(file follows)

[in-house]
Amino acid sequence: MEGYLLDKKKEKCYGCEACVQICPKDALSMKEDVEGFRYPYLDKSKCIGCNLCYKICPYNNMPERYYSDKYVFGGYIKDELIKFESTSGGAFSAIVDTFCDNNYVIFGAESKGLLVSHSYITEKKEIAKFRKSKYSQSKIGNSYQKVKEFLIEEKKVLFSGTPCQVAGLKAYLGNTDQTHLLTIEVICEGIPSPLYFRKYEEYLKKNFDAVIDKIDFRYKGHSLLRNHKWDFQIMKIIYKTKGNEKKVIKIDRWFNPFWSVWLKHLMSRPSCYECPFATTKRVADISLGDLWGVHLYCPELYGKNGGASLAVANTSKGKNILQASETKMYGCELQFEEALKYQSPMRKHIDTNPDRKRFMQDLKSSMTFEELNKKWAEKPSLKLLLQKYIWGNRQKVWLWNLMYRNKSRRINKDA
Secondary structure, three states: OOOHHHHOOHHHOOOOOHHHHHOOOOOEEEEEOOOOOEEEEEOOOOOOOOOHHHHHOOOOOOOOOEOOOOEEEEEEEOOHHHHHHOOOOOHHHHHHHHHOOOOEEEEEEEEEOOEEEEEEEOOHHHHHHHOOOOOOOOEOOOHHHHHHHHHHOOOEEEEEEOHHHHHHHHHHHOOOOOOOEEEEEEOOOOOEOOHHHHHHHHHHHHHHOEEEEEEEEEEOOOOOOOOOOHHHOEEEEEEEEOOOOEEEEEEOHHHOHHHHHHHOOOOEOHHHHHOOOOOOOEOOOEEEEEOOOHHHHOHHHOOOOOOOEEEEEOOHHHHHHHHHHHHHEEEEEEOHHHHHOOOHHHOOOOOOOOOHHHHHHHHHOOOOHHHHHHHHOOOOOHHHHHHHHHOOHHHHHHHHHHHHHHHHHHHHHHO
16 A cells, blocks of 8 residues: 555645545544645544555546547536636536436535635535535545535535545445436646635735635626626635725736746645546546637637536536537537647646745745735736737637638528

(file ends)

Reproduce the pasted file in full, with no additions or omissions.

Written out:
[in-house]
Amino acid sequence: MEGYLLDKKKEKCYGCEACVQICPKDALSMKEDVEGFRYPYLDKSKCIGCNLCYKICPYNNMPERYYSDKYVFGGYIKDELIKFESTSGGAFSAIVDTFCDNNYVIFGAESKGLLVSHSYITEKKEIAKFRKSKYSQSKIGNSYQKVKEFLIEEKKVLFSGTPCQVAGLKAYLGNTDQTHLLTIEVICEGIPSPLYFRKYEEYLKKNFDAVIDKIDFRYKGHSLLRNHKWDFQIMKIIYKTKGNEKKVIKIDRWFNPFWSVWLKHLMSRPSCYECPFATTKRVADISLGDLWGVHLYCPELYGKNGGASLAVANTSKGKNILQASETKMYGCELQFEEALKYQSPMRKHIDTNPDRKRFMQDLKSSMTFEELNKKWAEKPSLKLLLQKYIWGNRQKVWLWNLMYRNKSRRINKDA
Secondary structure, three states: OOOHHHHOOHHHOOOOOHHHHHOOOOOEEEEEOOOOOEEEEEOOOOOOOOOHHHHHOOOOOOOOOEOOOOEEEEEEEOOHHHHHHOOOOOHHHHHHHHHOOOOEEEEEEEEEOOEEEEEEEOOHHHHHHHOOOOOOOOEOOOHHHHHHHHHHOOOEEEEEEOHHHHHHHHHHHOOOOOOOEEEEEEOOOOOEOOHHHHHHHHHHHHHHOEEEEEEEEEEOOOOOOOOOOHHHOEEEEEEEEOOOOEEEEEEOHHHOHHHHHHHOOOOEOHHHHHOOOOOOOEOOOEEEEEOOOHHHHOHHHOOOOOOOEEEEEOOHHHHHHHHHHHHHEEEEEEOHHHHHOOOHHHOOOOOOOOOHHHHHHHHHOOOOHHHHHHHHOOOOOHHHHHHHHHOOHHHHHHHHHHHHHHHHHHHHHHO
16 A cells, blocks of 8 residues: 555645545544645544555546547536636536436535635535535545535535545445436646635735635626626635725736746645546546637637536536537537647646745745735736737637638528